These discussion about the trans-Atlantic Slave trade and slavery persist, see “An African country reckons with its history of selling slaves”
“For over 200 years, powerful kings in what is now the country of Benin captured and sold slaves to Portuguese, French and British merchants. The slaves were usually men, women and children from rival tribes — gagged and jammed into boats bound for Brazil, Haiti and the United States.
The trade largely stopped by the end of the 19th century, but Benin never fully confronted what had happened. The kingdoms that captured and sold slaves still exist today as tribal networks, and so do the groups that were raided. The descendants of slave merchants, like the de Souza family, remain among the nation’s most influential people, with a large degree of control over how Benin’s history is portrayed.”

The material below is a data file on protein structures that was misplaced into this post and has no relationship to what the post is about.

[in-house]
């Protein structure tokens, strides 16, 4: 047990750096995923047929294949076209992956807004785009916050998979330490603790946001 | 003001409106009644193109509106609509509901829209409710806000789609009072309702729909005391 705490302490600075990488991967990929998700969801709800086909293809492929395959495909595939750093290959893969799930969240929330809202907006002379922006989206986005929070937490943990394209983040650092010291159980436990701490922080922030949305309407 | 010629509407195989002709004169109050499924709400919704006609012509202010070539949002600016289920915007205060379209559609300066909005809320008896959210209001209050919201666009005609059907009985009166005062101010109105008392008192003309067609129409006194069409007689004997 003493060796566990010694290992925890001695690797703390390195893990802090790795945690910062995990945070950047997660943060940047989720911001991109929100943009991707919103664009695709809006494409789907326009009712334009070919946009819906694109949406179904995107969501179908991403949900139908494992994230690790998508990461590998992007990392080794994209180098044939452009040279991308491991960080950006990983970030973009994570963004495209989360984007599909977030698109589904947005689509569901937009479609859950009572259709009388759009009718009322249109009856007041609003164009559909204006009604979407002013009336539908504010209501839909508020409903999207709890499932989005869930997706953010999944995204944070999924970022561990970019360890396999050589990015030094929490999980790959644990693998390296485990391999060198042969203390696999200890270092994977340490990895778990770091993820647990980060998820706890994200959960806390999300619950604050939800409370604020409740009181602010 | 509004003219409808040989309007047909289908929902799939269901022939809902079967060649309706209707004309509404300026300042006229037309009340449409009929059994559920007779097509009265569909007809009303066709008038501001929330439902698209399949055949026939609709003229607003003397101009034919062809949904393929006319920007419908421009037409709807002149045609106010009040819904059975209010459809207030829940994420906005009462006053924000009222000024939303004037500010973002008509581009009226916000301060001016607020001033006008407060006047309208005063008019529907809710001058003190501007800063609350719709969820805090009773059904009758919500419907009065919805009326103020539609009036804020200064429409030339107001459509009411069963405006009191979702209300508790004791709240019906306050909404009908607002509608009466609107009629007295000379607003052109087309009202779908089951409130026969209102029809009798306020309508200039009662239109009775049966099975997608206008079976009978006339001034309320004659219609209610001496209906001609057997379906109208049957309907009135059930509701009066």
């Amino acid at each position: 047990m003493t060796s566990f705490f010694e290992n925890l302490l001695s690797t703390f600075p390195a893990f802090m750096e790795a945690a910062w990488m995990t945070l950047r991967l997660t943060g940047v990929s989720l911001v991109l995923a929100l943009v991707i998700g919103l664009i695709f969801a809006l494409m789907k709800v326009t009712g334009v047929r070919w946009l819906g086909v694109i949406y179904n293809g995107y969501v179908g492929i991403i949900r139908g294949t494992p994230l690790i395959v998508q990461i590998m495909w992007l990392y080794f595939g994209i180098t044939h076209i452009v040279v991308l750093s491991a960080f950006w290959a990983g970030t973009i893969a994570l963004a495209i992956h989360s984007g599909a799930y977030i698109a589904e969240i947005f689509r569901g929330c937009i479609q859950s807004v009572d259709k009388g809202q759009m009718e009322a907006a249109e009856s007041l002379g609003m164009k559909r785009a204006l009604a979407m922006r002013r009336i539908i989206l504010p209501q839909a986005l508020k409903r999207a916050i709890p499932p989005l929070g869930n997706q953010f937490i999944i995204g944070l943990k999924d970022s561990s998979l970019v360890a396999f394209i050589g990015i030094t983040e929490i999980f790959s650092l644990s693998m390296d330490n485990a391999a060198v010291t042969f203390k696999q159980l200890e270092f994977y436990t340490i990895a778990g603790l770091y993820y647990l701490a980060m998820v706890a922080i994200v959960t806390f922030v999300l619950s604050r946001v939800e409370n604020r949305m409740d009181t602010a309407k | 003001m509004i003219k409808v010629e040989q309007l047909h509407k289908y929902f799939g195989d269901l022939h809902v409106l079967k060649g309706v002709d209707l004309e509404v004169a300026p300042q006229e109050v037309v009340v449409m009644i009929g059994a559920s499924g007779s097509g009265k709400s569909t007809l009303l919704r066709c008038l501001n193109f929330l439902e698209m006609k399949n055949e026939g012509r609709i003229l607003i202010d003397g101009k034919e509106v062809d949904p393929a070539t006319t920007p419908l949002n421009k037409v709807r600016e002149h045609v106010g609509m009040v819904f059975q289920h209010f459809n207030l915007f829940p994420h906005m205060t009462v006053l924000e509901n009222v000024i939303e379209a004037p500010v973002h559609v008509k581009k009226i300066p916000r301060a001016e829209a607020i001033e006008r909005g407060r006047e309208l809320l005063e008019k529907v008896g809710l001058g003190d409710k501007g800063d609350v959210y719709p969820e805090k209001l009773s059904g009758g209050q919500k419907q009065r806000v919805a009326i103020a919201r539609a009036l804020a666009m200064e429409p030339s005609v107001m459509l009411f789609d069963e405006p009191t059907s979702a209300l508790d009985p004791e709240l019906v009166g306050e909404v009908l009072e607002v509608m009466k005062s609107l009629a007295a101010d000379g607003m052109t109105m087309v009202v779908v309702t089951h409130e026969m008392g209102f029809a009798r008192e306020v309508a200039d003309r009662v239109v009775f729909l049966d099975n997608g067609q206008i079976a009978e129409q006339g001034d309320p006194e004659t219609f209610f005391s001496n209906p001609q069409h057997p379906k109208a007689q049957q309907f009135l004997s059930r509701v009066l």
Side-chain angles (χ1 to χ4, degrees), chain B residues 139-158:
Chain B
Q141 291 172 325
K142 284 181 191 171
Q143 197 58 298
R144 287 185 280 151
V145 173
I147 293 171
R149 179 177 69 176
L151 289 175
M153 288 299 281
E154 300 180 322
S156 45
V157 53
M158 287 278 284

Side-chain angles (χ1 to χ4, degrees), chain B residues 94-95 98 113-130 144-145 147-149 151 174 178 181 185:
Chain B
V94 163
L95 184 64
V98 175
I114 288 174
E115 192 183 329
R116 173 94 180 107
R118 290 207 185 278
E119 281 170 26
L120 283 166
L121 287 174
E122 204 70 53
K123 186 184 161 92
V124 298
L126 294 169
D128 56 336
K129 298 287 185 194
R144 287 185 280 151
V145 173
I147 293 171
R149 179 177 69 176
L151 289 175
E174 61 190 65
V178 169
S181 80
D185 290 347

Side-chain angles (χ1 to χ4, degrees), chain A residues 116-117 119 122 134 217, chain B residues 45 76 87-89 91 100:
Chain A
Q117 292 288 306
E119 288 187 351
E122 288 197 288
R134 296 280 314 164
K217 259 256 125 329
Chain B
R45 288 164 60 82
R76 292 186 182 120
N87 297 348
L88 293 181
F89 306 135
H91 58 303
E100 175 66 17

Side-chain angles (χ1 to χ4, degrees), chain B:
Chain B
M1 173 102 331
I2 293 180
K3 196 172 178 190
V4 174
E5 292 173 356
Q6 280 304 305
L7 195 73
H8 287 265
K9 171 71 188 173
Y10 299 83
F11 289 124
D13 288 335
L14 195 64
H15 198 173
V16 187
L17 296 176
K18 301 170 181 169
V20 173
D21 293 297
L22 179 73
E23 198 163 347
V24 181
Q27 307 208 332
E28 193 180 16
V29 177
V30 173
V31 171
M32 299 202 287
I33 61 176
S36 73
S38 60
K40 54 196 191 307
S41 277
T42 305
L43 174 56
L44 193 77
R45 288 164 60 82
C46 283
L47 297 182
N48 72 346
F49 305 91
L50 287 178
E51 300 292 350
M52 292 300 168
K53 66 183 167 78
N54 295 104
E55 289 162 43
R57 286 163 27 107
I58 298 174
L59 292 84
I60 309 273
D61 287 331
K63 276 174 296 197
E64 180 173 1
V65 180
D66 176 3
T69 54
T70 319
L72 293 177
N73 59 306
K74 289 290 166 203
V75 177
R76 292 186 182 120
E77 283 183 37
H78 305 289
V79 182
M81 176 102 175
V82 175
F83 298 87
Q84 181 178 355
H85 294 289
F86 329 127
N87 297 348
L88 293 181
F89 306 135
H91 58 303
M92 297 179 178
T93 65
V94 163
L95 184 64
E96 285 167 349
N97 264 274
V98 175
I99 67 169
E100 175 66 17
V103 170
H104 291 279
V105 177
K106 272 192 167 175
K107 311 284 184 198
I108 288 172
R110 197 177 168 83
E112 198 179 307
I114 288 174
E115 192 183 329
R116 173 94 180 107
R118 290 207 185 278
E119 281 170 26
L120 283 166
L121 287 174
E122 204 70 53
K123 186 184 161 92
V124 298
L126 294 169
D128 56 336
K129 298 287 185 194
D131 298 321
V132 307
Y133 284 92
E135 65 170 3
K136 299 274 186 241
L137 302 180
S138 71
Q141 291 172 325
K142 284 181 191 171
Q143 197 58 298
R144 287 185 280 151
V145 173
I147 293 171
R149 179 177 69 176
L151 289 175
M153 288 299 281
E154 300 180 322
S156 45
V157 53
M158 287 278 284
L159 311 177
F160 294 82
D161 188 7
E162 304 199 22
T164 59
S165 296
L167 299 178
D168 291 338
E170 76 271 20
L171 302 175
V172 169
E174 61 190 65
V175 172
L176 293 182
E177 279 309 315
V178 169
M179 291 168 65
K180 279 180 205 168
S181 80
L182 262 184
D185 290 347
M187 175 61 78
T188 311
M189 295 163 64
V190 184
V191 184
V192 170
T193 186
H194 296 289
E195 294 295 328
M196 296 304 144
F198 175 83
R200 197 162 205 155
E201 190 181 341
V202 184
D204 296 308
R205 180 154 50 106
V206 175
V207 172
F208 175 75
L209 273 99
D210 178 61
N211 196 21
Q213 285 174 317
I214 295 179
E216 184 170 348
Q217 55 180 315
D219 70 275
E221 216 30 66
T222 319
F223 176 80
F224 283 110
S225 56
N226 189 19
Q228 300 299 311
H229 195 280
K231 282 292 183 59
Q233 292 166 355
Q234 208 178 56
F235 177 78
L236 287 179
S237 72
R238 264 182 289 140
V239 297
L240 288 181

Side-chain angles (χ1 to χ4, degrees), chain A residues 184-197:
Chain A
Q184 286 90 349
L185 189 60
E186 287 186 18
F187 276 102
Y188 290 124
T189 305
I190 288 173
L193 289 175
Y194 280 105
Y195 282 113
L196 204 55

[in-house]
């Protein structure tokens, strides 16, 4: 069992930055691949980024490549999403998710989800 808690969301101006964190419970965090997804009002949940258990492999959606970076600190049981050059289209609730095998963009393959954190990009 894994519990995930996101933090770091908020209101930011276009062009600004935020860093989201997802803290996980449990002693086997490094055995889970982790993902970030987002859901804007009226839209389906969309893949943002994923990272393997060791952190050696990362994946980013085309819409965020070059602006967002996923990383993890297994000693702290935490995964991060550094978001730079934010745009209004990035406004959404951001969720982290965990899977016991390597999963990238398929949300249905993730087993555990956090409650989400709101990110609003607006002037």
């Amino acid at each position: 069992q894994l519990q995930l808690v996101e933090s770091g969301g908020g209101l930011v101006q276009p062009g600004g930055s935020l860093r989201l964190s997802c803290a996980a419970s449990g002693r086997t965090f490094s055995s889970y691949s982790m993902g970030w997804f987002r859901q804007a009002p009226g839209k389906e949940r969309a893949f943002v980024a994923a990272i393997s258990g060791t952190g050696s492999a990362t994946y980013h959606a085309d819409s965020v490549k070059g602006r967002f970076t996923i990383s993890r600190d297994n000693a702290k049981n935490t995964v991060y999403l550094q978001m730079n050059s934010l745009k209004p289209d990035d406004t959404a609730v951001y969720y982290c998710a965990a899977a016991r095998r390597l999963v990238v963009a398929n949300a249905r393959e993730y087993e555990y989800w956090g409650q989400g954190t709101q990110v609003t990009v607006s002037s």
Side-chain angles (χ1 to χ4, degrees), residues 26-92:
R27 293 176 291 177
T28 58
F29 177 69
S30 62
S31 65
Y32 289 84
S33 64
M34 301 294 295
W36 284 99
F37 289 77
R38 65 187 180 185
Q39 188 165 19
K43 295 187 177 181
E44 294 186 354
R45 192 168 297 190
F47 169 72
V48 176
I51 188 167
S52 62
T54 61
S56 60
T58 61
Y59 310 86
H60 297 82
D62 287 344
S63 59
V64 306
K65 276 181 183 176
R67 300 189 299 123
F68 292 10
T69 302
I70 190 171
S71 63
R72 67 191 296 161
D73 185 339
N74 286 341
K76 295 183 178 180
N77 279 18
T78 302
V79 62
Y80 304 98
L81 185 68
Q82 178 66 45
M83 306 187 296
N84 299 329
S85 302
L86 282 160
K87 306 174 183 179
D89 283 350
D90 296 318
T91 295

“The memory of slavery emerges here in large and small ways. In the 2016 presidential election, one candidate, Lionel Zinsou, angrily pointed out in a televised debate that his opponent, Patrice Talon, who is now president of Benin, was the descendant of slave merchants. In villages where people were abducted for the slave trade, families still ask reflexively when they hear a knock on the door whether the visitor is “a human being” or a slave raider.”